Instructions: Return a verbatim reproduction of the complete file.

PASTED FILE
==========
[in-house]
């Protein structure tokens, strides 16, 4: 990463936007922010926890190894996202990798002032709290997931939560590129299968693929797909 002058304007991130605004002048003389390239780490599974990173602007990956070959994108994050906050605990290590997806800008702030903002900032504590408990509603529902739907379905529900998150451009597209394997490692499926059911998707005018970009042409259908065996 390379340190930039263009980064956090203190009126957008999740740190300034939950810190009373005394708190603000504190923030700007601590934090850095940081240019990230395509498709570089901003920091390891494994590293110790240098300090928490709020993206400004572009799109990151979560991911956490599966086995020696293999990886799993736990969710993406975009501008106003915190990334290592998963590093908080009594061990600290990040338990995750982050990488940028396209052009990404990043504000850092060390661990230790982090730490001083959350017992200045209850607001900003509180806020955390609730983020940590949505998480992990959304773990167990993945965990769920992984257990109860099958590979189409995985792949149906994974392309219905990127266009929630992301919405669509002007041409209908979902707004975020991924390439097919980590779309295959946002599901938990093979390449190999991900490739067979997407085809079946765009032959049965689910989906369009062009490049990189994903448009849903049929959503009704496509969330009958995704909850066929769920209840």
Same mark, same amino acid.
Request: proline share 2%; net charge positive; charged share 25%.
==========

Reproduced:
[in-house]
């Protein structure tokens, strides 16, 4: 990463936007922010926890190894996202990798002032709290997931939560590129299968693929797909 002058304007991130605004002048003389390239780490599974990173602007990956070959994108994050906050605990290590997806800008702030903002900032504590408990509603529902739907379905529900998150451009597209394997490692499926059911998707005018970009042409259908065996 390379340190930039263009980064956090203190009126957008999740740190300034939950810190009373005394708190603000504190923030700007601590934090850095940081240019990230395509498709570089901003920091390891494994590293110790240098300090928490709020993206400004572009799109990151979560991911956490599966086995020696293999990886799993736990969710993406975009501008106003915190990334290592998963590093908080009594061990600290990040338990995750982050990488940028396209052009990404990043504000850092060390661990230790982090730490001083959350017992200045209850607001900003509180806020955390609730983020940590949505998480992990959304773990167990993945965990769920992984257990109860099958590979189409995985792949149906994974392309219905990127266009929630992301919405669509002007041409209908979902707004975020991924390439097919980590779309295959946002599901938990093979390449190999991900490739067979997407085809079946765009032959049965689910989906369009062009490049990189994903448009849903049929959503009704496509969330009958995704909850066929769920209840």
Same mark, same amino acid.
Request: proline share 2%; net charge positive; charged share 25%.